“Giorgio Armani is the master of tailoring. No one cuts a jacket like Armani. In the Eighties, owning a Giorgio Armani was the ultimate status symbol.
“It wasn’t until the world saw Richard Gere in American Gigolo that anyone realized a suit could be so sexy. Armani made Old World tailoring and craftsmanship sexy. Armani made not only silhouette but color a signature…you can just look at a fabric or color alone and know it is an Armani.
“So far, I’ve only shared one thing with Giorgio Armani. A few years back, I somehow ended up in People Magazine’s 50 Most Beautiful alongside Armani in the designer category — he was the guy, I was the girl.” — Cynthia Steffe“I have a great respect for Giorgio — he has maintained a clear point of view, which is hard to do. I think the purity of his designs and the consistency of his vision have had a tremendous influence on Italian fashion.” — Ralph Lauren
“Azzedine has been one of the biggest influences in my life. He has always been such a strong, loving, fatherly figure to me. I call him Papa. His designs are indescribably unique, they are pieces of art. He knew how to make the female form look its loveliest. I have so many memories of him; my favorite might be during my first show with him in Paris. He liked me and he wanted to help me get more work. He called all his friends at Kenzo and Comme des Garcons, and asked them to book me. They said, ‘But she can’t walk!’ And he said, ‘but she has such a great ass!' His friendship and support has been the great privilege of my career. I can't imagine life without him. Repose en paix mon Papa.” - @stephanieseymour tells @wwd. #wwdfashion (📷: @steveeichner) #alaia #azzedinealaia
Azzedine Alaïa, flanked by two of his closest friends, models Stephanie Seymour and Naomi Campbell.
He designed Seymour’s dress for her 1995 wedding to Peter Brant, and treated Campbell (who famously called him Papa), like a daughter. For more on the legendary designer, tap the link in bio. #wwdfashion #alaia #azzedinealaia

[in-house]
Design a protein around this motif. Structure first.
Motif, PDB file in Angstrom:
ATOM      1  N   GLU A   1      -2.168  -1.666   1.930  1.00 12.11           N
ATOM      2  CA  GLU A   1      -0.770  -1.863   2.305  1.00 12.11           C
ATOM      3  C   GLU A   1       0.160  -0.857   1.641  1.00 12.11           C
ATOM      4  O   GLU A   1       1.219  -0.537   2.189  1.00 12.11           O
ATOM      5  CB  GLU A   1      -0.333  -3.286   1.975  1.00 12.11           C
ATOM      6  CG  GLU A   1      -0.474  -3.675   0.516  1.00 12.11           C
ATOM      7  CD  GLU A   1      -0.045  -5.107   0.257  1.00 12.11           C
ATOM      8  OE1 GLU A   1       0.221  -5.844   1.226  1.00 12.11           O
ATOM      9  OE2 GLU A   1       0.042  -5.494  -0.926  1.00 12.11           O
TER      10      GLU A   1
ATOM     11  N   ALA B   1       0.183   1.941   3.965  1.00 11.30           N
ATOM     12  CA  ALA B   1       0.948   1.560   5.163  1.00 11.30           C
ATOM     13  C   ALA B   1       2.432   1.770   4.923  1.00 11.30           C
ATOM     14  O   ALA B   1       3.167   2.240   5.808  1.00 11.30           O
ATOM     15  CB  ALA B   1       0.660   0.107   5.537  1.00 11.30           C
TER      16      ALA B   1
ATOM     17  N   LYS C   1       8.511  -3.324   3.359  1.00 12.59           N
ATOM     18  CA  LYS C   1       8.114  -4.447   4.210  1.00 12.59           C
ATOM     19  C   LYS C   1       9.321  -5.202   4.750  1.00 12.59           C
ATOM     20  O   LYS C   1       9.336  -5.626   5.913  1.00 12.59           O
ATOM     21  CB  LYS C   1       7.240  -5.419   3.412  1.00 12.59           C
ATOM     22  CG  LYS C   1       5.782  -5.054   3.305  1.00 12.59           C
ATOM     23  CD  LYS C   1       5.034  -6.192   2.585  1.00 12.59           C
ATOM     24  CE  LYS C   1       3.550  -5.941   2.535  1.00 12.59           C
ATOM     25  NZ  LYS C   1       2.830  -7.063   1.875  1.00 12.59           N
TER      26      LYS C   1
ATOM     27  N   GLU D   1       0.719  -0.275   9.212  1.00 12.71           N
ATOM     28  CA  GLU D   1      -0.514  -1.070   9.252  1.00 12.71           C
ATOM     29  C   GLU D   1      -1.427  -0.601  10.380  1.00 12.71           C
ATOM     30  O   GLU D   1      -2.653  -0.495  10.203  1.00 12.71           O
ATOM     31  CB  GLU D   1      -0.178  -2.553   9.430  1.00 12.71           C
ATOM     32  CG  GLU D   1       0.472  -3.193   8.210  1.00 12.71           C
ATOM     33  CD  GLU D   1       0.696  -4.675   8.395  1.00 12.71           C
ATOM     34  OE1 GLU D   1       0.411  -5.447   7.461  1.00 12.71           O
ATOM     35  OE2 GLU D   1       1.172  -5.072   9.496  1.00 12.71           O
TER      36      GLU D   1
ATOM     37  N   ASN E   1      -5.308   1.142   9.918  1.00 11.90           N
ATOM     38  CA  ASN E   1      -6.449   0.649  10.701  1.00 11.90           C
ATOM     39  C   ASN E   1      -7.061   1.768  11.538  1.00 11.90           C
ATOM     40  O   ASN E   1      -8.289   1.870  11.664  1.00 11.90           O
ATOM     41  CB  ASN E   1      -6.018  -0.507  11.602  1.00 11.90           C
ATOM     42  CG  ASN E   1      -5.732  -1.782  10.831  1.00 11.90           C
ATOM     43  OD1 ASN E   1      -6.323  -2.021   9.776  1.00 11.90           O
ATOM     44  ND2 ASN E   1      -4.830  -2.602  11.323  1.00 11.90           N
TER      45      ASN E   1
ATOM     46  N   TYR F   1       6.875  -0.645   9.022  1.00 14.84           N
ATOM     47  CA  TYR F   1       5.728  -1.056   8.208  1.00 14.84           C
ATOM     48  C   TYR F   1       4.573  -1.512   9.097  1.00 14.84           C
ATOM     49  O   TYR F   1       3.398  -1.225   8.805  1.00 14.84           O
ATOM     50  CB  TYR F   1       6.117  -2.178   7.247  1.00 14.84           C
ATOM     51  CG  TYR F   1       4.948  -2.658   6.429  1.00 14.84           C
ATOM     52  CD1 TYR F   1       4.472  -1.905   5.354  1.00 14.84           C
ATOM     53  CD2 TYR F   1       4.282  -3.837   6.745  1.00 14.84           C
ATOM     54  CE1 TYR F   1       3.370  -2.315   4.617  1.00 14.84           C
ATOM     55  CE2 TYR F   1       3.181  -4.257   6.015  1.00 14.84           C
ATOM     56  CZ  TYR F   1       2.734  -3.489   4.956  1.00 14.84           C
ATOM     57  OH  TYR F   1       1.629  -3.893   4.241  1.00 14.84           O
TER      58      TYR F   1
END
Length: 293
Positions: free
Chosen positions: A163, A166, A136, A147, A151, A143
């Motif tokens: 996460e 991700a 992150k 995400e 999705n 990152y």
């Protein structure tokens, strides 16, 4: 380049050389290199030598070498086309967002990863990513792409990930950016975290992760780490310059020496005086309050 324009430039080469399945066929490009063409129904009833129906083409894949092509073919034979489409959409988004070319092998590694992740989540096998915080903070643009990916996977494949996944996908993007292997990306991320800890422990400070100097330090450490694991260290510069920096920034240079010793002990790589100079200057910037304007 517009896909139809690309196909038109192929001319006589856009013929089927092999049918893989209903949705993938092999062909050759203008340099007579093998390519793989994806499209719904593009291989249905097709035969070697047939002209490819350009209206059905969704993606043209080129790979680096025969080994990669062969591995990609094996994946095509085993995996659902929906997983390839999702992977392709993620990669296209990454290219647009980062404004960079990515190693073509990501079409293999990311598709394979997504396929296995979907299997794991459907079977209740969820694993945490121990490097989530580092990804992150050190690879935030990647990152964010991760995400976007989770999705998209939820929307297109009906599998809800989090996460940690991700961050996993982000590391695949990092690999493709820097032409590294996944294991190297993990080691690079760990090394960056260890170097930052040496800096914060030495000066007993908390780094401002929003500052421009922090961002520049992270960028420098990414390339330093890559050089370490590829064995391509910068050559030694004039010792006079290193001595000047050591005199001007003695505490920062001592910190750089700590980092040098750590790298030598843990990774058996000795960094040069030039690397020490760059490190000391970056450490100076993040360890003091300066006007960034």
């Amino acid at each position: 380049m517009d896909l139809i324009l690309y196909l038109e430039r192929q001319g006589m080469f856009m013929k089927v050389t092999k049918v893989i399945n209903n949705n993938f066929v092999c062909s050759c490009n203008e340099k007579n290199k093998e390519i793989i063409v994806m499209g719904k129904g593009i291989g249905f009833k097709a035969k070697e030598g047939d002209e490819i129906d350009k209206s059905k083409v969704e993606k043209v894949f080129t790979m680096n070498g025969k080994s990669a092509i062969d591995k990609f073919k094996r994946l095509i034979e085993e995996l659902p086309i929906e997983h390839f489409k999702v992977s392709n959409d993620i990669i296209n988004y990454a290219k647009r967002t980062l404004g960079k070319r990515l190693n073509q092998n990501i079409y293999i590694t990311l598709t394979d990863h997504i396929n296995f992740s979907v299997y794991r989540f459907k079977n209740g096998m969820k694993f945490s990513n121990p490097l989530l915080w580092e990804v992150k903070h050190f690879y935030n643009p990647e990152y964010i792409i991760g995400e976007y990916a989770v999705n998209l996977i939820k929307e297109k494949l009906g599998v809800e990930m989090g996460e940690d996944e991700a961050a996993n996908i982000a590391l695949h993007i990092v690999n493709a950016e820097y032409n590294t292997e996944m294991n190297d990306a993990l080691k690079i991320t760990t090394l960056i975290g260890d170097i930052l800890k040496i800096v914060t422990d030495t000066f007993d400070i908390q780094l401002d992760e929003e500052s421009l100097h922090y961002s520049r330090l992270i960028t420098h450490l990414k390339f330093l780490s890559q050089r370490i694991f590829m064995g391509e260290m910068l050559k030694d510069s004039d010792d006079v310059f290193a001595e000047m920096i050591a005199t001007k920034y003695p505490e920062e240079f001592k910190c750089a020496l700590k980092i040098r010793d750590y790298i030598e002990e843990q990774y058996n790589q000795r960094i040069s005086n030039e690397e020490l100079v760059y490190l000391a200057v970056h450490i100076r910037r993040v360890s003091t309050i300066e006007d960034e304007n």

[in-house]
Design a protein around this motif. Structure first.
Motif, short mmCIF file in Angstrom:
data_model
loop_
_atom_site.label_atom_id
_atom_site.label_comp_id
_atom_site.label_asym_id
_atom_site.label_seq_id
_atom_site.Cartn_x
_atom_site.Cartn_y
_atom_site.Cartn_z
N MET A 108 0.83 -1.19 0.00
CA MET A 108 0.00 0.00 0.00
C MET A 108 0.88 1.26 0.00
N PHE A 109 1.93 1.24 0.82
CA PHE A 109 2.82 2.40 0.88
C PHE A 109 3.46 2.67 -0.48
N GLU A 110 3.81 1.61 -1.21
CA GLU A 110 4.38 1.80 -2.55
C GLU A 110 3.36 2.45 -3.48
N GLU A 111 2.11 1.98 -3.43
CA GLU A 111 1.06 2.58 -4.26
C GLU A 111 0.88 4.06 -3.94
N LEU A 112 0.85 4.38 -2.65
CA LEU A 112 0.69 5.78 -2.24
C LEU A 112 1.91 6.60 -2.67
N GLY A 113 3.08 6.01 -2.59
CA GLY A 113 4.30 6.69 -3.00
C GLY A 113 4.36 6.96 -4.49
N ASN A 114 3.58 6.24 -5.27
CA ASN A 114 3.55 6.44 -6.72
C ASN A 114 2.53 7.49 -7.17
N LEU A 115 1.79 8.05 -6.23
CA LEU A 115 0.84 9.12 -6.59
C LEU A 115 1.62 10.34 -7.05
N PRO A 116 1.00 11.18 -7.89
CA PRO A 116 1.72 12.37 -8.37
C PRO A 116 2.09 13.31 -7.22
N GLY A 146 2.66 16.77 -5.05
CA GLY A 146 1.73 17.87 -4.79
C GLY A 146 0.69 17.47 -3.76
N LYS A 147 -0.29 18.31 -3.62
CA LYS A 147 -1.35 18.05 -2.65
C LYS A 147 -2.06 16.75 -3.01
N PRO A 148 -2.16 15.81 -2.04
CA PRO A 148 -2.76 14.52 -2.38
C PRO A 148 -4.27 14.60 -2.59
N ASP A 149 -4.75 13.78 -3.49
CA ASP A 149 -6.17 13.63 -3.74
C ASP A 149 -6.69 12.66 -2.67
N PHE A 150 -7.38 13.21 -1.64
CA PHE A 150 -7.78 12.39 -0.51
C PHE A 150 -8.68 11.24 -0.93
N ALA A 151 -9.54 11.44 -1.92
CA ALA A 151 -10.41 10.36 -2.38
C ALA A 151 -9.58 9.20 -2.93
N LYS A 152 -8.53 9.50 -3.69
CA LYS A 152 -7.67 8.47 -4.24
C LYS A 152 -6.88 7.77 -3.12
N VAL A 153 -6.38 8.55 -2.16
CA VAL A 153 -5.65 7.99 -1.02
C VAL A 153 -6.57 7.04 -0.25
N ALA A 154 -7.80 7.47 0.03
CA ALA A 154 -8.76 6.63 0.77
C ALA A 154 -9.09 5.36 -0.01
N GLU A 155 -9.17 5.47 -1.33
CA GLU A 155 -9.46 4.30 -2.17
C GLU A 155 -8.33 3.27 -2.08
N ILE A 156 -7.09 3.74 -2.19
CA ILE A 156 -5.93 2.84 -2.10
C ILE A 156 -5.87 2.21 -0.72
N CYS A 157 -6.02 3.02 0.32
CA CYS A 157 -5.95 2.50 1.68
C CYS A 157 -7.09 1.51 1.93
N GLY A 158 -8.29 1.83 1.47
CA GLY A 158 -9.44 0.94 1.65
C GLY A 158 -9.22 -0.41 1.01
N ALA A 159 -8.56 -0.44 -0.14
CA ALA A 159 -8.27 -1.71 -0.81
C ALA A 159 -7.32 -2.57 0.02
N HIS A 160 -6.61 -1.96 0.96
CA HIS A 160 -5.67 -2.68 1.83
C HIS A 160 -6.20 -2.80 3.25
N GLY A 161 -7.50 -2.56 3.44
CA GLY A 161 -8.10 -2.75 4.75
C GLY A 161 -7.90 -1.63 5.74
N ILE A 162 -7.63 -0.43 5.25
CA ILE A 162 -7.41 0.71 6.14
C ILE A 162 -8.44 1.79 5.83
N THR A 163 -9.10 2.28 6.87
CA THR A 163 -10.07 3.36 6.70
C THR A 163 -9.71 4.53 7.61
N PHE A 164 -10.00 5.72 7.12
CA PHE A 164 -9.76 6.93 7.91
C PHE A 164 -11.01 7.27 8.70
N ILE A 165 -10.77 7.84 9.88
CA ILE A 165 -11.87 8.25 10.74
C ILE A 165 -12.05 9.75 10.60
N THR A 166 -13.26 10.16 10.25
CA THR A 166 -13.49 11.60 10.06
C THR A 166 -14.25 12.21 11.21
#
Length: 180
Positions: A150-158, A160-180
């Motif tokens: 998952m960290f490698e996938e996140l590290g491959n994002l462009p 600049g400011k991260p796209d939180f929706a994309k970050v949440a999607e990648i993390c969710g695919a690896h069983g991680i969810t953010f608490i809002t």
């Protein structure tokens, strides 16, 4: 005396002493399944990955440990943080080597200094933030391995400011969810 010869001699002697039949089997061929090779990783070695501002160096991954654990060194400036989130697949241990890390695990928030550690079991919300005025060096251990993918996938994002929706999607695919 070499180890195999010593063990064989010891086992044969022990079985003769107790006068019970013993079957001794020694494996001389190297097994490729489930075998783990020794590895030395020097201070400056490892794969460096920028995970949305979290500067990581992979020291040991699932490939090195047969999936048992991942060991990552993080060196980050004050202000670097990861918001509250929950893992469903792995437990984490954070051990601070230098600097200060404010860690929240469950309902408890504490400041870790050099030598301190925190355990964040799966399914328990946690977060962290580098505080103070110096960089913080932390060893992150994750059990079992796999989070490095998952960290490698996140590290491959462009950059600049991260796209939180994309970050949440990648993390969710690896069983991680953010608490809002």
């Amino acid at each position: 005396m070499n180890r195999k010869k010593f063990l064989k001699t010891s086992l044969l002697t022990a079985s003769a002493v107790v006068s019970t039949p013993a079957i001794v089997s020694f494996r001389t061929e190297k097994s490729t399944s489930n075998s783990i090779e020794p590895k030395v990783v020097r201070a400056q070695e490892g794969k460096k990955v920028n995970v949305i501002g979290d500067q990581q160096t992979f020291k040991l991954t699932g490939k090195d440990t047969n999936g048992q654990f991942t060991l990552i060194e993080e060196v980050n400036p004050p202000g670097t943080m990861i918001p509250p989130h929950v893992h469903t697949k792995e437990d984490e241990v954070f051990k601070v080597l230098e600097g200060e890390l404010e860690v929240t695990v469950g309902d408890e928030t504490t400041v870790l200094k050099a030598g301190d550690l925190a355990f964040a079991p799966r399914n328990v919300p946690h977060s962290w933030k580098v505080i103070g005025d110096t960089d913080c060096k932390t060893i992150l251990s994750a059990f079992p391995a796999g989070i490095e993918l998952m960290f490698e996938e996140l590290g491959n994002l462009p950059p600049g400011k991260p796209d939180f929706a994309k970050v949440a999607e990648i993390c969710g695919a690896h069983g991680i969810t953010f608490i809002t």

Azzedine Alaïa's “I-did-it-my-way” ethos stood out starkly at a time when brands are experimenting with consumer-facing fashion shows, coed formats and trans-seasonal collections – anything to perk up lackluster sales of ready-to-wear in an age of Insta-everything. “It’s not creation anymore. This becomes a purely industrial approach,” the late designer told WWD in an interview last year. “But anyway, the rhythm of collections is so stupid. It’s unsustainable. There are too many collections.” Read more about the iconic designer’s life and work on wwd.com, link in bio. #wwdfashion #azzedinealaia (📷: @WWD Archive, 1986) #alaia
Sneaker reselling app @goat’s latest exhibit, "The Greatest: New York," tells the story of New York's sneaker culture. To celebrate the exhibit, an intimate crowd gathered on Thursday night at the pop-up gallery space, located at Platform in Culver City, to hear guest speaker and illustrator @esymai talk about her own rise in streetwear and women in the business. "For me I'm just someone who is creative. I like to create things," said Chang. #wwdfashion
Azzedine Alaïa, one of the most iconic couturiers of the modern era whose body-con designs defined Eighties fashion, has died in Paris. The diminutive Tunisian-born designer, known for his structured knitted dresses with fitted waists and impeccably cut, figure-hugging second skin silhouettes was deeply admired by his peers, and counted supermodel Naomi Campbell - his adoptive daughter - among his inner circle, one of a gang of glamazons including Farida Khelfa, Carla Bruni and Stephanie Seymour who became ambassadors of his style. (📷: Alexandre Guirkinger) #wwdblast